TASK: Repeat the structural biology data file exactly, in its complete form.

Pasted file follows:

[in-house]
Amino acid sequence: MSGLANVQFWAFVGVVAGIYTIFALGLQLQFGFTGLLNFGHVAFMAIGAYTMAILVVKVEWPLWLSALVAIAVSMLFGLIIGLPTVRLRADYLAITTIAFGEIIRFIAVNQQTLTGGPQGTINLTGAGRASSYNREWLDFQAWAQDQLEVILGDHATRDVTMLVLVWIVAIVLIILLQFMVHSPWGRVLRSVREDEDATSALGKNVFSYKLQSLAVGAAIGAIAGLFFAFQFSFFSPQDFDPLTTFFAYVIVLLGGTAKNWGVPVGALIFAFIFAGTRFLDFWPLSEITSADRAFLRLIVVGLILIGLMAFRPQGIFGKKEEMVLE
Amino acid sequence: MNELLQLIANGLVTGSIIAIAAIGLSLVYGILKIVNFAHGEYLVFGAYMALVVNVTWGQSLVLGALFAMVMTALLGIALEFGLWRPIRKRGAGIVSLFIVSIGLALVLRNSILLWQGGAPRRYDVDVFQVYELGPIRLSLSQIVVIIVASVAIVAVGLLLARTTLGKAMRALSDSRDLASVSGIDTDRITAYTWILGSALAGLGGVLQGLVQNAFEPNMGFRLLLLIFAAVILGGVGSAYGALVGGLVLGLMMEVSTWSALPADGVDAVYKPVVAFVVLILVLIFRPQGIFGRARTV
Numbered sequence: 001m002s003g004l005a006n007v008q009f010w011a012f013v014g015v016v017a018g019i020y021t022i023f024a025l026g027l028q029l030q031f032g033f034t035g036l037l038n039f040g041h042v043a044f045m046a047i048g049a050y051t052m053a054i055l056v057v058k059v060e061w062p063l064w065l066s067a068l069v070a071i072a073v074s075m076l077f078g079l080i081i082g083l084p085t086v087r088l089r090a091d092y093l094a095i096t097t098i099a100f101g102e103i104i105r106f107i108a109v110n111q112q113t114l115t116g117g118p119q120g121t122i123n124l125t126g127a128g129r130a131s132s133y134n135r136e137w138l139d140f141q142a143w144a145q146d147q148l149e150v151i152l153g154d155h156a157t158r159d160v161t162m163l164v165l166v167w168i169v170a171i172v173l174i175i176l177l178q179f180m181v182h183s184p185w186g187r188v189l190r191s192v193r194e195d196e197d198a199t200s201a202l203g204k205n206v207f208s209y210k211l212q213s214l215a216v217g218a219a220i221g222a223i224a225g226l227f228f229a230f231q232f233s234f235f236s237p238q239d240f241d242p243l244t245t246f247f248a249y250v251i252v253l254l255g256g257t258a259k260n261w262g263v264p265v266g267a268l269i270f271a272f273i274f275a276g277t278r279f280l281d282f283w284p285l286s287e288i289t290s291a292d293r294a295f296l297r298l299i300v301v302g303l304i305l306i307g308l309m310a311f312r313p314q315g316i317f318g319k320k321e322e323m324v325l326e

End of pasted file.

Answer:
[in-house]
Amino acid sequence: MSGLANVQFWAFVGVVAGIYTIFALGLQLQFGFTGLLNFGHVAFMAIGAYTMAILVVKVEWPLWLSALVAIAVSMLFGLIIGLPTVRLRADYLAITTIAFGEIIRFIAVNQQTLTGGPQGTINLTGAGRASSYNREWLDFQAWAQDQLEVILGDHATRDVTMLVLVWIVAIVLIILLQFMVHSPWGRVLRSVREDEDATSALGKNVFSYKLQSLAVGAAIGAIAGLFFAFQFSFFSPQDFDPLTTFFAYVIVLLGGTAKNWGVPVGALIFAFIFAGTRFLDFWPLSEITSADRAFLRLIVVGLILIGLMAFRPQGIFGKKEEMVLE
Amino acid sequence: MNELLQLIANGLVTGSIIAIAAIGLSLVYGILKIVNFAHGEYLVFGAYMALVVNVTWGQSLVLGALFAMVMTALLGIALEFGLWRPIRKRGAGIVSLFIVSIGLALVLRNSILLWQGGAPRRYDVDVFQVYELGPIRLSLSQIVVIIVASVAIVAVGLLLARTTLGKAMRALSDSRDLASVSGIDTDRITAYTWILGSALAGLGGVLQGLVQNAFEPNMGFRLLLLIFAAVILGGVGSAYGALVGGLVLGLMMEVSTWSALPADGVDAVYKPVVAFVVLILVLIFRPQGIFGRARTV
Numbered sequence: 001m002s003g004l005a006n007v008q009f010w011a012f013v014g015v016v017a018g019i020y021t022i023f024a025l026g027l028q029l030q031f032g033f034t035g036l037l038n039f040g041h042v043a044f045m046a047i048g049a050y051t052m053a054i055l056v057v058k059v060e061w062p063l064w065l066s067a068l069v070a071i072a073v074s075m076l077f078g079l080i081i082g083l084p085t086v087r088l089r090a091d092y093l094a095i096t097t098i099a100f101g102e103i104i105r106f107i108a109v110n111q112q113t114l115t116g117g118p119q120g121t122i123n124l125t126g127a128g129r130a131s132s133y134n135r136e137w138l139d140f141q142a143w144a145q146d147q148l149e150v151i152l153g154d155h156a157t158r159d160v161t162m163l164v165l166v167w168i169v170a171i172v173l174i175i176l177l178q179f180m181v182h183s184p185w186g187r188v189l190r191s192v193r194e195d196e197d198a199t200s201a202l203g204k205n206v207f208s209y210k211l212q213s214l215a216v217g218a219a220i221g222a223i224a225g226l227f228f229a230f231q232f233s234f235f236s237p238q239d240f241d242p243l244t245t246f247f248a249y250v251i252v253l254l255g256g257t258a259k260n261w262g263v264p265v266g267a268l269i270f271a272f273i274f275a276g277t278r279f280l281d282f283w284p285l286s287e288i289t290s291a292d293r294a295f296l297r298l299i300v301v302g303l304i305l306i307g308l309m310a311f312r313p314q315g316i317f318g319k320k321e322e323m324v325l326e